Pidilite Industries, an adhesive and construction major, plans to wait six months before gauging the market response to its paint venture.

The company launched its decorative paints in smaller towns in Andhra Pradesh, Telangana, and Orissa two months ago. Pidilite, which already has a presence in waterproof coatings and lower-priced distempers, has completed its product range with the launch of interior decorative paints.

The competition in the paint business is heating up with the entry of Aditya Birla Group company Grasim Industries and Delhi-headquartered JK Cement. The existing players, such as Asian Paints, Berger, Nippon, Kansai, and AkzoNobel, are enhancing their capacity to retain their market share.

Bharat Puri, CEO, Pidilite Industries, said given the company’s standing and network, the initial reactions were good for the paint business, but it is better to wait for another three to six months before making any firm conclusions on what are first readings.

“We are not strangers to paint. We have exterior waterproofing, lower-priced distempers and tinters. As far as distribution, Pidilite has a deeper distribution network than every other paint company except Asian Paints in urban and rural regions,” he said.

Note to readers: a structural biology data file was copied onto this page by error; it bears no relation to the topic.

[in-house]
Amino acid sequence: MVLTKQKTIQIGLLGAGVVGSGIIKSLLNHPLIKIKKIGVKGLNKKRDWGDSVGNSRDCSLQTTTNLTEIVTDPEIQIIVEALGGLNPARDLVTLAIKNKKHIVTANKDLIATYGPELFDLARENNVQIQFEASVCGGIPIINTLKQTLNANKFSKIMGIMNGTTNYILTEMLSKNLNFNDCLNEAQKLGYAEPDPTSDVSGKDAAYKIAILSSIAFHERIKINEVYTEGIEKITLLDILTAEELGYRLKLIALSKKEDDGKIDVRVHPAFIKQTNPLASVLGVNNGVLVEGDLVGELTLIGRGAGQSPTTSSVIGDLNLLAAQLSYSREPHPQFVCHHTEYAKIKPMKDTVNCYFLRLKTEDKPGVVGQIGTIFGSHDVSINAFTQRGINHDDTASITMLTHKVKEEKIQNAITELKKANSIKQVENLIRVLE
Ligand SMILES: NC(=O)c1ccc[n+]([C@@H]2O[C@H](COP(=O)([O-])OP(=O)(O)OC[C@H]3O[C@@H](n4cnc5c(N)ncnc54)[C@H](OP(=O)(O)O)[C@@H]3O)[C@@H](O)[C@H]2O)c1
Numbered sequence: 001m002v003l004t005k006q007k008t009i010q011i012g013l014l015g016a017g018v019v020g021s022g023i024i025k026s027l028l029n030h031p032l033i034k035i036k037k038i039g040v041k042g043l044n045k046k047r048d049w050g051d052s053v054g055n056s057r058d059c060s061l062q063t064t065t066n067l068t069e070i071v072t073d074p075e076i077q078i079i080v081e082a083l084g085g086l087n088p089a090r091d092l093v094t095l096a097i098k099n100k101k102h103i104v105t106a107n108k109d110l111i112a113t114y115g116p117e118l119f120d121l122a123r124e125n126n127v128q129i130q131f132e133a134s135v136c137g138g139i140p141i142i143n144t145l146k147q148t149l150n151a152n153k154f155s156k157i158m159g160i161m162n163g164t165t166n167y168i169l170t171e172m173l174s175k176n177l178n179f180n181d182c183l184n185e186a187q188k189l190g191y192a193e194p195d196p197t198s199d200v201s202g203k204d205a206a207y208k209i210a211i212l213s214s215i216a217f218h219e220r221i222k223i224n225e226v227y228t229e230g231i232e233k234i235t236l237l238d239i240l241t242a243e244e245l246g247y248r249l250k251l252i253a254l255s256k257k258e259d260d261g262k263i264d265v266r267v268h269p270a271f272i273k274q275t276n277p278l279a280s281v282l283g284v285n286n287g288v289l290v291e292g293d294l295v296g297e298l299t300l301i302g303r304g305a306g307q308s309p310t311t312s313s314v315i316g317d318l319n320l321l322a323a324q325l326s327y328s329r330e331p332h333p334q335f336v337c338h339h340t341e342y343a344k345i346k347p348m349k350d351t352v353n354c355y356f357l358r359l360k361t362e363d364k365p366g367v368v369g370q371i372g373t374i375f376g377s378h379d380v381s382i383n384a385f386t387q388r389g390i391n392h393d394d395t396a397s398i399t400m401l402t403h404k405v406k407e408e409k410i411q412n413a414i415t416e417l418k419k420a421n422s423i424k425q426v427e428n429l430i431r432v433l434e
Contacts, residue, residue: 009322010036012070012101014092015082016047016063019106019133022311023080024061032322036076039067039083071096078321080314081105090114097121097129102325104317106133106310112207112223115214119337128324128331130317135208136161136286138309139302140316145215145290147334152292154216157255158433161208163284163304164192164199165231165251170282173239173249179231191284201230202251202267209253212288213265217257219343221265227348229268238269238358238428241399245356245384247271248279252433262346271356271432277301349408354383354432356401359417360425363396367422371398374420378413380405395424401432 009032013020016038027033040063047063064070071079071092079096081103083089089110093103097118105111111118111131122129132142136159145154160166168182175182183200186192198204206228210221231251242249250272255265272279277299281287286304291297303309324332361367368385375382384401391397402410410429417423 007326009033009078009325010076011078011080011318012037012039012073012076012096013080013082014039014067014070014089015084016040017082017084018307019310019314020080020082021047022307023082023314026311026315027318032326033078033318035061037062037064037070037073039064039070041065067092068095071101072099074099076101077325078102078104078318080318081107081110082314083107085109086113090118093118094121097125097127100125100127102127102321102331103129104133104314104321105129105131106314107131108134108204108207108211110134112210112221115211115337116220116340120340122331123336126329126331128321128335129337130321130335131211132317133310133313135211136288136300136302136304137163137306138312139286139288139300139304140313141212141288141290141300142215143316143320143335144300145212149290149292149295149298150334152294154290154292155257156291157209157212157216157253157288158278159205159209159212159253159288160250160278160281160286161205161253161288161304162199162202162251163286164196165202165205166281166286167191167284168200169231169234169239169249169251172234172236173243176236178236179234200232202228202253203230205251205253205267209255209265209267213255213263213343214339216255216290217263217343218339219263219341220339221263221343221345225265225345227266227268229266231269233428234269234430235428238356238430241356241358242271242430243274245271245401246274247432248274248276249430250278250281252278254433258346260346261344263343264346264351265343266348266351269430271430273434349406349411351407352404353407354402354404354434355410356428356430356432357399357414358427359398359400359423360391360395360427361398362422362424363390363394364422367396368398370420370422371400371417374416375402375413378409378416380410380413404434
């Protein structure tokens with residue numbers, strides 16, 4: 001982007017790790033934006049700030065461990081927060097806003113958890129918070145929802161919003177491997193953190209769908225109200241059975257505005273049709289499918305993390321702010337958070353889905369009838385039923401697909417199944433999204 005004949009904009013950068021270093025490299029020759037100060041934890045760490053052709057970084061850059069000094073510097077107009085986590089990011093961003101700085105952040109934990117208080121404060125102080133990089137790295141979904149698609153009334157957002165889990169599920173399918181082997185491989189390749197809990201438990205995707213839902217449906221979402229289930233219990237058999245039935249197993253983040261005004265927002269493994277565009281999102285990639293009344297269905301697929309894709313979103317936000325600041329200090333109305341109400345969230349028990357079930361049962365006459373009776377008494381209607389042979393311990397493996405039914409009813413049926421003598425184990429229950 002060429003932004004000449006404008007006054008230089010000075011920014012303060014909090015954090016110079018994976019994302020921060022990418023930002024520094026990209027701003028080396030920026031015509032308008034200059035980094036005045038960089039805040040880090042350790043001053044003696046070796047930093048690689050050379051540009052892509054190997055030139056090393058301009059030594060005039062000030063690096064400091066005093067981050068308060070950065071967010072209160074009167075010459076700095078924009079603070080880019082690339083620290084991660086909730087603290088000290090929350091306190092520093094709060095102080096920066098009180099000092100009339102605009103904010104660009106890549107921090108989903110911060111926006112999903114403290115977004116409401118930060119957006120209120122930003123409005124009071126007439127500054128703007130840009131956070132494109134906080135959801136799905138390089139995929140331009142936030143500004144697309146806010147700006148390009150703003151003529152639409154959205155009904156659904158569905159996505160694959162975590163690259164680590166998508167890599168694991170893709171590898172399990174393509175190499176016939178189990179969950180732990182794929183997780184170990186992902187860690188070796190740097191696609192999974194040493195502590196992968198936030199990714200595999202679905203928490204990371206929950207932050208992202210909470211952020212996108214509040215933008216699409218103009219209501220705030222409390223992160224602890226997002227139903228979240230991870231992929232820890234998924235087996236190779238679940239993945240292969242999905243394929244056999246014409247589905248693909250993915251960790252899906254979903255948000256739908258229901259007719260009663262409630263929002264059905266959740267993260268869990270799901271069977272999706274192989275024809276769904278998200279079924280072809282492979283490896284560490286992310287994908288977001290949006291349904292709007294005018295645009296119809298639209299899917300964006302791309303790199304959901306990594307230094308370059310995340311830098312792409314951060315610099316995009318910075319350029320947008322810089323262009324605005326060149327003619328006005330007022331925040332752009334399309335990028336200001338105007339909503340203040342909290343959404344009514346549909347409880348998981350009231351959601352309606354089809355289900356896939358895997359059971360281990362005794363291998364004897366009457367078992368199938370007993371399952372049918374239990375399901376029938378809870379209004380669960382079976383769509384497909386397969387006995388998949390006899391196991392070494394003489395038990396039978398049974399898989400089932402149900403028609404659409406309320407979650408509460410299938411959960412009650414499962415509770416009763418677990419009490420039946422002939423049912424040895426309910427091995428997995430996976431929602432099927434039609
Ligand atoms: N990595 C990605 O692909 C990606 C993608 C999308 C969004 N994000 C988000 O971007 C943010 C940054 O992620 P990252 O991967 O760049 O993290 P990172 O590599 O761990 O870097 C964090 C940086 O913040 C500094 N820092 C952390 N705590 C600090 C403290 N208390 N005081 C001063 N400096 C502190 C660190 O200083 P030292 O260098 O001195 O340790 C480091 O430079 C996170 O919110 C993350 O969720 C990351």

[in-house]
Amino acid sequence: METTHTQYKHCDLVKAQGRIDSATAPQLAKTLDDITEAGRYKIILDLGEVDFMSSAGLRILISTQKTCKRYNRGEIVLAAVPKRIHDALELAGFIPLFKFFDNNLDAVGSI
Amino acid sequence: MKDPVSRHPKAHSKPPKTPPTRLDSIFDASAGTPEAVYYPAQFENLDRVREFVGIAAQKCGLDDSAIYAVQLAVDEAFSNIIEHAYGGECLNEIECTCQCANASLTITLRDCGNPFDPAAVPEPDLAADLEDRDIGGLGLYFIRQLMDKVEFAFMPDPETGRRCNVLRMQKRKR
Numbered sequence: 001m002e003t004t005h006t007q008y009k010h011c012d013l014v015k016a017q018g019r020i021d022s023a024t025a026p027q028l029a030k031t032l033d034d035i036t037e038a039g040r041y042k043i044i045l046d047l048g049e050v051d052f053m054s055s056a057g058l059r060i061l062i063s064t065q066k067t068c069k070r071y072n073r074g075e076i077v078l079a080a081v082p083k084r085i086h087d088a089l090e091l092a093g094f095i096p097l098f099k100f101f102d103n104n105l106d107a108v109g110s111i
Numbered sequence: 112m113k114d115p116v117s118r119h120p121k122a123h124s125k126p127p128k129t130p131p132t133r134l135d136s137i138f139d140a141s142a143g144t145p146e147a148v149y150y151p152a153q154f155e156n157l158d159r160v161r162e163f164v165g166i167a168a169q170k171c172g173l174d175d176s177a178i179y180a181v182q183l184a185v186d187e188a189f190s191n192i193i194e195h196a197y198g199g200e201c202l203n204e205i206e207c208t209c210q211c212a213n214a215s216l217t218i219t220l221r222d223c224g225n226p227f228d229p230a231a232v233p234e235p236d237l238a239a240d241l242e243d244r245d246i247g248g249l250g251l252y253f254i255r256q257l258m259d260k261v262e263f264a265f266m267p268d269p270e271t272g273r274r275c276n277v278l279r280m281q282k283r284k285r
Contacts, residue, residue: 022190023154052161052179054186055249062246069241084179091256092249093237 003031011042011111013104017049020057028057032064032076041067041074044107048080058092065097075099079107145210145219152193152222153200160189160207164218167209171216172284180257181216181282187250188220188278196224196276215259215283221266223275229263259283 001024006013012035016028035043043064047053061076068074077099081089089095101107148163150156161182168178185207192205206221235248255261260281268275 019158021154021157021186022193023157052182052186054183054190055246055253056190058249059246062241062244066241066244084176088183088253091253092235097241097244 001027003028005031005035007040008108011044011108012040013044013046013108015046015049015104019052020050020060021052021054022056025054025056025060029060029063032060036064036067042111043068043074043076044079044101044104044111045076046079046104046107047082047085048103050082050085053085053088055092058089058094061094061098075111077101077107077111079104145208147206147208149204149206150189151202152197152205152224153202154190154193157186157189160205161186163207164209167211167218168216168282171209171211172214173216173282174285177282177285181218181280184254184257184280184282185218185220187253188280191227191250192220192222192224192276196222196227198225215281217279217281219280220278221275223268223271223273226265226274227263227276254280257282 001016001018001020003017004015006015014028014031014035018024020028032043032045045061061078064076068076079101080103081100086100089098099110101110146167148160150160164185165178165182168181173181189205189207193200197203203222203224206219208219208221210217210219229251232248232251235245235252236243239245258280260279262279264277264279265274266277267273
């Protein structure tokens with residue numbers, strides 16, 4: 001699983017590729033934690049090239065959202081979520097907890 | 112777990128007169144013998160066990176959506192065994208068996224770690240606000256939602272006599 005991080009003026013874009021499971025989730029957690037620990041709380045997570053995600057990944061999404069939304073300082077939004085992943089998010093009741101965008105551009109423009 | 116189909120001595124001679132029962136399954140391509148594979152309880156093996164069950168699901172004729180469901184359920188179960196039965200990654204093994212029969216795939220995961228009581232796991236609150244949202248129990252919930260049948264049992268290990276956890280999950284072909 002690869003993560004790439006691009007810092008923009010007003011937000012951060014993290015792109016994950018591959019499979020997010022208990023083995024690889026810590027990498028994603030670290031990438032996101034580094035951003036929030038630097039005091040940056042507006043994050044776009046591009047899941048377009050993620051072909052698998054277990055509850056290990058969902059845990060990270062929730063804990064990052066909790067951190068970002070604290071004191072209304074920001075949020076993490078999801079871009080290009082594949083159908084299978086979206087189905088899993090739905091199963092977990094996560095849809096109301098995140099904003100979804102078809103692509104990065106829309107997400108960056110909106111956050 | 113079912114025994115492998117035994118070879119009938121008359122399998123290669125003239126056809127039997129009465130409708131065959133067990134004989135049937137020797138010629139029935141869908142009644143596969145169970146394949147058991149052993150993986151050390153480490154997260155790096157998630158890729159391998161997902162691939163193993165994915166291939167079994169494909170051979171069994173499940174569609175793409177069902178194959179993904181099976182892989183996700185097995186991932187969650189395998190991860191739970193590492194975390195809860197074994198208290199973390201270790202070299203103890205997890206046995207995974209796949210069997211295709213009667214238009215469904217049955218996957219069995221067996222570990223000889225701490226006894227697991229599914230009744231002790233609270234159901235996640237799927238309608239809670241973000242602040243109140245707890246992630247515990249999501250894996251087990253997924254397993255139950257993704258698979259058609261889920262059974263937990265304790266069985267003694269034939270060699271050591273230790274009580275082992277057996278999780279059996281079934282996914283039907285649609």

He added, in rural and semi-urban areas, the company actually has more distributors than Asian Paints, and the decision to enter the paint business was in response to dealers’ calls to complete the product range.

After touching a high of $2,500 a tonne, the company expects vinyl acetate monomer (VAM) prices to have bottomed out below $1000 a tonne and are expected to range at the same level for the next six months unless there are any Black Swan events, said Puri.

The company has passed on the benefit of lower raw material prices to consumers and is open to cutting prices further if the cost comes down, as it does not want unorganised players to undercut the market.

Puri expects the export business to take at least three to six months to see some improvement, but would wait another two quarters before declaring where it would settle.

The company’s subsidiaries in Bangladesh and Sri Lanka are suffering from foreign exchange, but they are coming back slowly. “We believe these will turn around much quicker, and therefore you will see better results in them in the next three months themselves ,” he said.